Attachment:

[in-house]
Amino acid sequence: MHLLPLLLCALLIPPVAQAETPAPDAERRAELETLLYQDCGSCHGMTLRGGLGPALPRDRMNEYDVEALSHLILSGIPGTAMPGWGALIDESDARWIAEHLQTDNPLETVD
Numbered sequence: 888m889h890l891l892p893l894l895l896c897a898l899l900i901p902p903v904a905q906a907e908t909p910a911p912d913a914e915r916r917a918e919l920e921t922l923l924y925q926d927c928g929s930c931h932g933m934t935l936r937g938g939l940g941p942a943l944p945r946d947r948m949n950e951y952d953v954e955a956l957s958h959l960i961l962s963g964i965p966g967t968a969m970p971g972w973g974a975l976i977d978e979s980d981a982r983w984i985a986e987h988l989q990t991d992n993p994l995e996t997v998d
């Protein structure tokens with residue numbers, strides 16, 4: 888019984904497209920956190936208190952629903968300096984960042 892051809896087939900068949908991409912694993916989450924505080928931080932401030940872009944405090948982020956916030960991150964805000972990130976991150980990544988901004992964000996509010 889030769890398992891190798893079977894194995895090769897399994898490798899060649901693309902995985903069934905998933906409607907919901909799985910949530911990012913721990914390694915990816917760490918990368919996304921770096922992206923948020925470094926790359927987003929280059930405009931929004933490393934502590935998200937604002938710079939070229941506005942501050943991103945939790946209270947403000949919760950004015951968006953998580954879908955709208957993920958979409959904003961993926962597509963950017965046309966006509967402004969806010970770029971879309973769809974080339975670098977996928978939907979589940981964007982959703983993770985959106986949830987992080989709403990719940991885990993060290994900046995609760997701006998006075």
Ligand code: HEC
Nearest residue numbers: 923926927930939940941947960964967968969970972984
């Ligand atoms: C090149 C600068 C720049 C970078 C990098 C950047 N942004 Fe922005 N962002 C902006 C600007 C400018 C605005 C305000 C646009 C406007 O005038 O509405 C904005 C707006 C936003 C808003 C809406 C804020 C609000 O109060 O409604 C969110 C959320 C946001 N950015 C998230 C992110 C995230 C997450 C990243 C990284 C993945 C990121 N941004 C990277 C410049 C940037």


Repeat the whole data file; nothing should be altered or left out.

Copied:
[in-house]
Amino acid sequence: MHLLPLLLCALLIPPVAQAETPAPDAERRAELETLLYQDCGSCHGMTLRGGLGPALPRDRMNEYDVEALSHLILSGIPGTAMPGWGALIDESDARWIAEHLQTDNPLETVD
Numbered sequence: 888m889h890l891l892p893l894l895l896c897a898l899l900i901p902p903v904a905q906a907e908t909p910a911p912d913a914e915r916r917a918e919l920e921t922l923l924y925q926d927c928g929s930c931h932g933m934t935l936r937g938g939l940g941p942a943l944p945r946d947r948m949n950e951y952d953v954e955a956l957s958h959l960i961l962s963g964i965p966g967t968a969m970p971g972w973g974a975l976i977d978e979s980d981a982r983w984i985a986e987h988l989q990t991d992n993p994l995e996t997v998d
């Protein structure tokens with residue numbers, strides 16, 4: 888019984904497209920956190936208190952629903968300096984960042 892051809896087939900068949908991409912694993916989450924505080928931080932401030940872009944405090948982020956916030960991150964805000972990130976991150980990544988901004992964000996509010 889030769890398992891190798893079977894194995895090769897399994898490798899060649901693309902995985903069934905998933906409607907919901909799985910949530911990012913721990914390694915990816917760490918990368919996304921770096922992206923948020925470094926790359927987003929280059930405009931929004933490393934502590935998200937604002938710079939070229941506005942501050943991103945939790946209270947403000949919760950004015951968006953998580954879908955709208957993920958979409959904003961993926962597509963950017965046309966006509967402004969806010970770029971879309973769809974080339975670098977996928978939907979589940981964007982959703983993770985959106986949830987992080989709403990719940991885990993060290994900046995609760997701006998006075």
Ligand code: HEC
Nearest residue numbers: 923926927930939940941947960964967968969970972984
């Ligand atoms: C090149 C600068 C720049 C970078 C990098 C950047 N942004 Fe922005 N962002 C902006 C600007 C400018 C605005 C305000 C646009 C406007 O005038 O509405 C904005 C707006 C936003 C808003 C809406 C804020 C609000 O109060 O409604 C969110 C959320 C946001 N950015 C998230 C992110 C995230 C997450 C990243 C990284 C993945 C990121 N941004 C990277 C410049 C940037």